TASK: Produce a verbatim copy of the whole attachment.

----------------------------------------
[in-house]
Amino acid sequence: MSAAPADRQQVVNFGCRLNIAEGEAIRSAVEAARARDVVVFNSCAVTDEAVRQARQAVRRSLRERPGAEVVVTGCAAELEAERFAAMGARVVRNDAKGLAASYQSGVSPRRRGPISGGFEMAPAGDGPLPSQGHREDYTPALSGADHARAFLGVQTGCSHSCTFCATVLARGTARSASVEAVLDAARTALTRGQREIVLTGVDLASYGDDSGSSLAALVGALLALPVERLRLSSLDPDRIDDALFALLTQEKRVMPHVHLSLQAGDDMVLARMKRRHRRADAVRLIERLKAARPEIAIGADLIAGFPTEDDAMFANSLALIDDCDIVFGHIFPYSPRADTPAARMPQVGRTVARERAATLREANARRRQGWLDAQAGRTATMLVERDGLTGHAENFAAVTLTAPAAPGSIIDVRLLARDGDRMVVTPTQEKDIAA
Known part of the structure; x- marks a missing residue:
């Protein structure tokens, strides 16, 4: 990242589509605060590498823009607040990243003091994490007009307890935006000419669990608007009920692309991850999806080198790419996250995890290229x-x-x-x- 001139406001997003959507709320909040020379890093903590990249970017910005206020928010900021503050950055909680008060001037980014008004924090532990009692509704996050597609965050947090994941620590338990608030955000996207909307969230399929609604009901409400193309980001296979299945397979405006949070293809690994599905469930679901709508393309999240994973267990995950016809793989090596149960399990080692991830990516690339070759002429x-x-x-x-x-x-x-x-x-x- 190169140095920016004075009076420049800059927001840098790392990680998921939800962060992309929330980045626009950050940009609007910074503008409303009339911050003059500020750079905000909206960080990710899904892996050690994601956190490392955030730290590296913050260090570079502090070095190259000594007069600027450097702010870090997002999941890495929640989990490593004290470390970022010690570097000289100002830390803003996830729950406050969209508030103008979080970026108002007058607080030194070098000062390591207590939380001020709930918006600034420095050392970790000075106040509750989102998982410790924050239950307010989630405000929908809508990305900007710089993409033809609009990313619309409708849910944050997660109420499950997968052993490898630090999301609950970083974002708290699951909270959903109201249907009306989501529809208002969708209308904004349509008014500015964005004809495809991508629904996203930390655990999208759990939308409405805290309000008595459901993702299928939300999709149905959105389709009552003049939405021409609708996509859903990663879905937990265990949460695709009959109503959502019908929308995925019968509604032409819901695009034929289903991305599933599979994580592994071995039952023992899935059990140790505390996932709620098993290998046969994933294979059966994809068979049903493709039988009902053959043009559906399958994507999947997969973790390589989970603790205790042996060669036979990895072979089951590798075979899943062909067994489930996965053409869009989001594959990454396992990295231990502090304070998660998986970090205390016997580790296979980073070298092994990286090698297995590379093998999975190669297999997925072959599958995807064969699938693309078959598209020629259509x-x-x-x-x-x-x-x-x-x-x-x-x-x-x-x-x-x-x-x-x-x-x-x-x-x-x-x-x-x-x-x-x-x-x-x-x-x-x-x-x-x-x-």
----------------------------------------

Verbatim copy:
[in-house]
Amino acid sequence: MSAAPADRQQVVNFGCRLNIAEGEAIRSAVEAARARDVVVFNSCAVTDEAVRQARQAVRRSLRERPGAEVVVTGCAAELEAERFAAMGARVVRNDAKGLAASYQSGVSPRRRGPISGGFEMAPAGDGPLPSQGHREDYTPALSGADHARAFLGVQTGCSHSCTFCATVLARGTARSASVEAVLDAARTALTRGQREIVLTGVDLASYGDDSGSSLAALVGALLALPVERLRLSSLDPDRIDDALFALLTQEKRVMPHVHLSLQAGDDMVLARMKRRHRRADAVRLIERLKAARPEIAIGADLIAGFPTEDDAMFANSLALIDDCDIVFGHIFPYSPRADTPAARMPQVGRTVARERAATLREANARRRQGWLDAQAGRTATMLVERDGLTGHAENFAAVTLTAPAAPGSIIDVRLLARDGDRMVVTPTQEKDIAA
Known part of the structure; x- marks a missing residue:
């Protein structure tokens, strides 16, 4: 990242589509605060590498823009607040990243003091994490007009307890935006000419669990608007009920692309991850999806080198790419996250995890290229x-x-x-x- 001139406001997003959507709320909040020379890093903590990249970017910005206020928010900021503050950055909680008060001037980014008004924090532990009692509704996050597609965050947090994941620590338990608030955000996207909307969230399929609604009901409400193309980001296979299945397979405006949070293809690994599905469930679901709508393309999240994973267990995950016809793989090596149960399990080692991830990516690339070759002429x-x-x-x-x-x-x-x-x-x- 190169140095920016004075009076420049800059927001840098790392990680998921939800962060992309929330980045626009950050940009609007910074503008409303009339911050003059500020750079905000909206960080990710899904892996050690994601956190490392955030730290590296913050260090570079502090070095190259000594007069600027450097702010870090997002999941890495929640989990490593004290470390970022010690570097000289100002830390803003996830729950406050969209508030103008979080970026108002007058607080030194070098000062390591207590939380001020709930918006600034420095050392970790000075106040509750989102998982410790924050239950307010989630405000929908809508990305900007710089993409033809609009990313619309409708849910944050997660109420499950997968052993490898630090999301609950970083974002708290699951909270959903109201249907009306989501529809208002969708209308904004349509008014500015964005004809495809991508629904996203930390655990999208759990939308409405805290309000008595459901993702299928939300999709149905959105389709009552003049939405021409609708996509859903990663879905937990265990949460695709009959109503959502019908929308995925019968509604032409819901695009034929289903991305599933599979994580592994071995039952023992899935059990140790505390996932709620098993290998046969994933294979059966994809068979049903493709039988009902053959043009559906399958994507999947997969973790390589989970603790205790042996060669036979990895072979089951590798075979899943062909067994489930996965053409869009989001594959990454396992990295231990502090304070998660998986970090205390016997580790296979980073070298092994990286090698297995590379093998999975190669297999997925072959599958995807064969699938693309078959598209020629259509x-x-x-x-x-x-x-x-x-x-x-x-x-x-x-x-x-x-x-x-x-x-x-x-x-x-x-x-x-x-x-x-x-x-x-x-x-x-x-x-x-x-x-």